Soldiers from Army Reserve Centres across Wearside have been pushed to the limits in an intensive training exercise in Cyprus. Reporter Tegan Chapman joined the Fifth Battalion the Royal Regiment of Fusiliers on Exercise Lion Star to find out more.
AS dawn breaks, the peace and tranquillity stretching out across the Cypriot horizon is shattered by the sound of sustained gunfire.
Hundreds of rounds of shots ring out across a village, as the lead platoon of soldiers pushes forward in an epic battle to take power.
Hours later, the company seizes control of the land and move on to claim victory.
This may sound like a scene from Saving Private Ryan, but it is actually an imaginary scenario played out by reserve soldiers from across the North East, designed to put their skills into practice.
Based on real-life situations, this final battle is the culmination of two weeks’ intensive training on the Mediterranean island that will equip soldiers with the skills for deployment to any future conflicts; skills that could potentially save their lives.
But the soldiers from the Fifth Battalion the Royal Regiment of Fusiliers are no ordinary soldiers.
Each of them has a day job – there are teachers, plumbers, lawyers and labourers – and make up the reserve army, where training exercises like this are vital to bring the troops in line with their regular counterparts.
Major Andy Sutherland, 47, from Chester-le-Street, who works as a policeman, has been in the Army Reserve for 17 years.
He joined around 100 servicemen and women from the regiment at the training camp near the RAF Akrotiri base in southern Cyprus, where temperatures were close to 40c.
“Cyprus is a completely different environment from the one we are used to training in,” he said.
“The weather and terrain gives the guys a different set of challenges – it is a different challenge to operate in the heat.
“We work by the adage train hard, fight easy. We want to challenge our reservists but not smash them so that they don’t want to do it all again.
“They volunteer and they want to be soldiers and they want to be good, and training exercises like this create soldiers as good as their regular counterparts.”
Now operations in Afghanistan are drawing to a close, the withdrawal of troops has marked a return to contingency.
Training is geared towards preparing to fight a country, as opposed to insurgencies. Medic Corporal Lesley Baker, 33, from Penshaw, works as a radio operator for the ambulance service, and was tasked with caring for the soldiers’ welfare while on the trip.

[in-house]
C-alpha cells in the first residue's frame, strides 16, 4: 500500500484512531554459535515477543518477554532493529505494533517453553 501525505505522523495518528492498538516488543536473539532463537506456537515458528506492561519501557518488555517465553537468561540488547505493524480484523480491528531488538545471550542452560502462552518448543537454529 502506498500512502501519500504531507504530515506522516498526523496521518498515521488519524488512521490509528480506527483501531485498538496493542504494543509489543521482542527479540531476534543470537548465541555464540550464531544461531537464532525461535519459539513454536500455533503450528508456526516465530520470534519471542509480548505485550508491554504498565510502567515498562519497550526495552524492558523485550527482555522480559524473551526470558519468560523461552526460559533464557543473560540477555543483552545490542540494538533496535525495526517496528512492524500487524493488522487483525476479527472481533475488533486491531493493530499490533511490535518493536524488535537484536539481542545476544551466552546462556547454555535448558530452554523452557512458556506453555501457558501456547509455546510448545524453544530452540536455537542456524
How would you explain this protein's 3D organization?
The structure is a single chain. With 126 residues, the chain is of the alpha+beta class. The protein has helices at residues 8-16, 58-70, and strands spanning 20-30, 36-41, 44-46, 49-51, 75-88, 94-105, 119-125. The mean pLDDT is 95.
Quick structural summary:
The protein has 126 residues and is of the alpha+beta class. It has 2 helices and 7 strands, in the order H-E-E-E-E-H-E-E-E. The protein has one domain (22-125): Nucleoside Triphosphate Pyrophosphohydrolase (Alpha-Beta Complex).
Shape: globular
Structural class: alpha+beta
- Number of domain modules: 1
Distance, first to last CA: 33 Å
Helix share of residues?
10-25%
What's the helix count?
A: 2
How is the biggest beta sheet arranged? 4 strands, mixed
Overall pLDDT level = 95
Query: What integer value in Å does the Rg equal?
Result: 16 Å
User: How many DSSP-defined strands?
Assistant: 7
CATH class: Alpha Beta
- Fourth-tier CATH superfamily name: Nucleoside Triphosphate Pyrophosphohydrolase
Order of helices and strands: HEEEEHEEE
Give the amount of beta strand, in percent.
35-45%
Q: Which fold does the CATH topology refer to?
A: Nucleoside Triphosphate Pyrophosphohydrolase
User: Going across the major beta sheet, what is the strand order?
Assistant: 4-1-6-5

“I joined the reserves when I was 16 because I wanted to get out and see the world,” she said.
“At work I do 12-hour shifts which is very static, whereas here I am out and about and it is a lot more physically demanding.
“The main problem in Cyprus has been the heat, and we have had three go down with heat, you have to be so careful.
“As soon as there is any sign there is something wrong, we take them off exercise before they get unwell.”
The troops’ mission was to clear a village and make it secure, but they came under enemy fire during the final exercise.
For the soldiers the training may be arduous, but it also gives them the chance to learn new skill sets and offers great camaraderie.
Rifleman Ray Robinson, 39, from Thorney Close, Sunderland, works as a lifeguard at the Aquatic Centre, and has been in the Army Reserve for four years.
“Public perception is that the reserves are decreasing, but we are actually increasing our numbers and growing in size, and are looking for new recruits.
“How many people get the chance to go to Cyprus and be paid to do it?”
Lieutenant colonel Karl Mace, who is the regiment’s commanding officer, added: “This training exercise has been a pilot for the way in which we will work in the future, and it has proven to be immensely successful and has shown that at soldier level the regulars and reserves can work seamlessly together.”
An army officer has said that changes to the way the Army Reserve operates mean there has never been a better time to sign up.
The Government is investing heavily in the Army Reserve – previously the Territorial Army – to provide improved kit, weapons and benefits.
Future Reserves 2020 (FR2020) will see reserve recruits rise to 30,000 by 2018, and will also bring improved kit, pension, health care and holiday entitlement.
Reserve units are now paired with a regular unit as plans for ‘One army – regular and reserve’ forge ahead. And the training exercise in Cyprus was the first time the One Army ideal had been put to the test.
Lieutenant colonel Karl Mace, commanding officer of the Fifth Battalion The Royal Regiment of Fusiliers, said: “Until now it has been a theory, but now we have tried it and it has been successful.
“In the field you could not identify who was regular and who was reserve, which proves that there is a chance of this being successful.”